14-year-old rescue dog and new owner help each other through grief
When Sue McIntyre, 76 from Salisbury, lost her husband in October 2020, she found herself having to adjust to life living alone after 31 years of marriage.
But after adopting rescue dog Rosie, a deaf 14-year-old Terrier cross from Dogs Trust Salisbury, who came into their care after her owner sadly passed away, Sue says that they found each other after their lives were turned upside down and are helping each other to find happiness again.
Sue McIntyre, Rosie’s new owner, says:
“Even when the death of a loved one is anticipated or expected, the emotional impact of loss can still take you by surprise. Adapting to living alone in the home you’ve shared together is difficult, but when you’re in the middle of a global pandemic in the winter when getting out and about was limited, I suddenly realised how lonely I felt and how empty the house was.”
Sue says she initially intended to become a foster carer for the Newton Tony rehoming centre, but after just a few days caring for Rosie she realised just how much she loved her company and says she couldn’t bear to be without her.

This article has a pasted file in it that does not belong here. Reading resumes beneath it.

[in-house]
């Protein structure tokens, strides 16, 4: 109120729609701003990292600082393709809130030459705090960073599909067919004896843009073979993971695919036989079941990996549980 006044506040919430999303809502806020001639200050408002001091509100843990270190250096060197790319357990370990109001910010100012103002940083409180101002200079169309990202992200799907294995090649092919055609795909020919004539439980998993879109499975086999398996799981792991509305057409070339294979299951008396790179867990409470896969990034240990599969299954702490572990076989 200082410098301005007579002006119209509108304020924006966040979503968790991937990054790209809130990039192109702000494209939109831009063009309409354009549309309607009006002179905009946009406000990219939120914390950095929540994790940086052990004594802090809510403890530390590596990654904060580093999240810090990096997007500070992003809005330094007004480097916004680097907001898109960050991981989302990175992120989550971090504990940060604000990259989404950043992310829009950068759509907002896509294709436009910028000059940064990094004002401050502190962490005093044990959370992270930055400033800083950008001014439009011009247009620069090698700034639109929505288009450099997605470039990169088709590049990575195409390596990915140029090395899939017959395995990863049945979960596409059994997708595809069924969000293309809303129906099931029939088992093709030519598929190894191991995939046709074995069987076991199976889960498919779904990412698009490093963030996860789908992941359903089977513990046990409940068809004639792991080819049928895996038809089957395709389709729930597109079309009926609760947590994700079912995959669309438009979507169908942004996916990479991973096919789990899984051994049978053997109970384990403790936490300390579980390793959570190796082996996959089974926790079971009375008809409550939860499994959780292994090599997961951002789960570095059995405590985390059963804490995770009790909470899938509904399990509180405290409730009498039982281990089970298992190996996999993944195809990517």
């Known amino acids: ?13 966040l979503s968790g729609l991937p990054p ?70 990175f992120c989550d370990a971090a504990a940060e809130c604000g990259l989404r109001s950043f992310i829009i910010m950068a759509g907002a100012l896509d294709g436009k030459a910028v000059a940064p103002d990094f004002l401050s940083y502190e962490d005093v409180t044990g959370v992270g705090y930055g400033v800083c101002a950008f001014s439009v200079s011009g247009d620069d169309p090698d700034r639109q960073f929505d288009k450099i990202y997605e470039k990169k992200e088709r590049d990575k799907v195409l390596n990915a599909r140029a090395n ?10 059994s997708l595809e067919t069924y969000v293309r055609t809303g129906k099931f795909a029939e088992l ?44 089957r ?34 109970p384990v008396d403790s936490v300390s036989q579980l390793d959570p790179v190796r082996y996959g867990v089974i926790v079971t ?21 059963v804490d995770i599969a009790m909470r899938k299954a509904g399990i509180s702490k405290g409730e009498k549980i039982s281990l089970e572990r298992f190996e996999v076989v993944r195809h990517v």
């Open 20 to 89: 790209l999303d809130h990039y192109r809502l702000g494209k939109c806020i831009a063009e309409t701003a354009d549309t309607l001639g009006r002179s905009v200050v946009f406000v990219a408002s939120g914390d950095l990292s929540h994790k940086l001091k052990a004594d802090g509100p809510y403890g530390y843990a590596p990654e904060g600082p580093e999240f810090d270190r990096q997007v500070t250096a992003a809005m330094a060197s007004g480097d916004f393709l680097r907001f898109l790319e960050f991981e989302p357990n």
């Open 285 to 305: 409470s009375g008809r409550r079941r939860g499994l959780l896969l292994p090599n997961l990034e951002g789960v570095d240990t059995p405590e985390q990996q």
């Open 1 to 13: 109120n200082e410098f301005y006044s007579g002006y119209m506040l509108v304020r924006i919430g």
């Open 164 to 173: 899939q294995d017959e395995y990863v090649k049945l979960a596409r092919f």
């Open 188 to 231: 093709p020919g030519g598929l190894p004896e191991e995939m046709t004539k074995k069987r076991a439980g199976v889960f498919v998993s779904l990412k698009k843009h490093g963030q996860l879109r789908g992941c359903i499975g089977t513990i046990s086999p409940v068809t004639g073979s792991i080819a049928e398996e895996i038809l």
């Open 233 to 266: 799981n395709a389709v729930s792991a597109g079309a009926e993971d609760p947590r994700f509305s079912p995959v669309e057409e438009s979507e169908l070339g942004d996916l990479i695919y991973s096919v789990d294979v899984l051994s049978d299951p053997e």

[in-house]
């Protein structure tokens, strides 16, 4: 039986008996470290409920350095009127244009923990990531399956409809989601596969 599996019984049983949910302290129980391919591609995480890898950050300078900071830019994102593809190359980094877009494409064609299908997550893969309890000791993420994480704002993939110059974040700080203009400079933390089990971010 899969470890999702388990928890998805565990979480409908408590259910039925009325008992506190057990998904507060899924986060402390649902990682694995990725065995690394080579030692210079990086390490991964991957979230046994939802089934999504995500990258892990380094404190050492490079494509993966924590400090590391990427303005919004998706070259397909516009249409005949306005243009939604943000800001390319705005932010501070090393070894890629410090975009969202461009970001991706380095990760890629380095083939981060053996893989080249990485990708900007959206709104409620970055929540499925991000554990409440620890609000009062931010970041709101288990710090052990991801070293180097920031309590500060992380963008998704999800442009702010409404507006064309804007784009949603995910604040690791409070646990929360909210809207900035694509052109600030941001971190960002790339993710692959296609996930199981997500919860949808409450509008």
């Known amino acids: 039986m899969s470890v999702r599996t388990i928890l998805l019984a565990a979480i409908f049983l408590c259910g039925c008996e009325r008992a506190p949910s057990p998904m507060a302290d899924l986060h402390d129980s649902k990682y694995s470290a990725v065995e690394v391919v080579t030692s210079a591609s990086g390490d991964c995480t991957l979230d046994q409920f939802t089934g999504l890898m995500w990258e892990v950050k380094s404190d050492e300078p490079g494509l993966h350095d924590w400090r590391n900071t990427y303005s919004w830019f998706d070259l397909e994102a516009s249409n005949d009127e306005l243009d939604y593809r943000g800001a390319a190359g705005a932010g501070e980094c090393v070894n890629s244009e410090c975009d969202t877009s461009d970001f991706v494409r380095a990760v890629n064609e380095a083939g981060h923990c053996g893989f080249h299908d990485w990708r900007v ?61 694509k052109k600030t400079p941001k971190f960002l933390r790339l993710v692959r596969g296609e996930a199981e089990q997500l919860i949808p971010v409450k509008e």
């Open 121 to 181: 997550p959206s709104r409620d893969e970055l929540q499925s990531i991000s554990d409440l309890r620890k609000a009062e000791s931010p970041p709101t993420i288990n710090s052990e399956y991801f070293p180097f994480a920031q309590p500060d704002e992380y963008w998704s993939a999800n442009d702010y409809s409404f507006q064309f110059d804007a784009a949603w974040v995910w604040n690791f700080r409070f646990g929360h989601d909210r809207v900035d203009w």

“We’re just two older ladies who have both lost loved ones, so I feel as though we were destined to end up in each other’s lives. When Rosie came to stay, she was very nervous and I could tell she was mourning the loss of her owner. But over a few days, I won her trust and her tail started to wag. The rest, as they say, is history.
“Even though she can’t speak to me, or hear me, her presence makes the house feel a lot less empty and she has done wonders to help me feel less lonely. She’s sociable with other dogs in the neighbourhood so she has encouraged me to chat to other dog owners out and about on walks. Even though she doesn’t need a lot in terms of exercise, she gives my day purpose, and has helped me keep a routine, which was crucial in helping her settle into her new home after going though such a change. She needs to be walked and fed and it falls to me to provide these things. In return, she has given me companionship and a presence whilst I potter around the house and garden, or watch television together in the evenings.”
Claire Rowe, Manager at Dogs Trust Salisbury, said:
“Dogs are truly wonderful animals and hearing how much Rosie has helped Sue is absolutely heart-warming. They are the perfect partnership and a lovely example of how much love and joy a dog can bring to someone’s daily life. The relationship they have is incredible and we’re sure they’ll have a great life together.”
Dogs Trust Salisbury has a number of older dogs in its care at the moment and are keen to encourage people to consider the advantages of owning an older dog, which include:
- They need less exercise but are still just as fun!
- They are used to living in a home so come house-trained and are not as destructive as a puppy.
- Their personality is already shaped so new owners can really understand and appreciate the dog they are welcoming into their family.
To find out more about dogs looking for new homes at Dogs Trust Salisbury, please www.dogstrust.org.uk/rehoming to find out more. If you’re interested in becoming a foster carer for Dogs Trust Salisbury, visit www.dogstrust.org.uk/fostering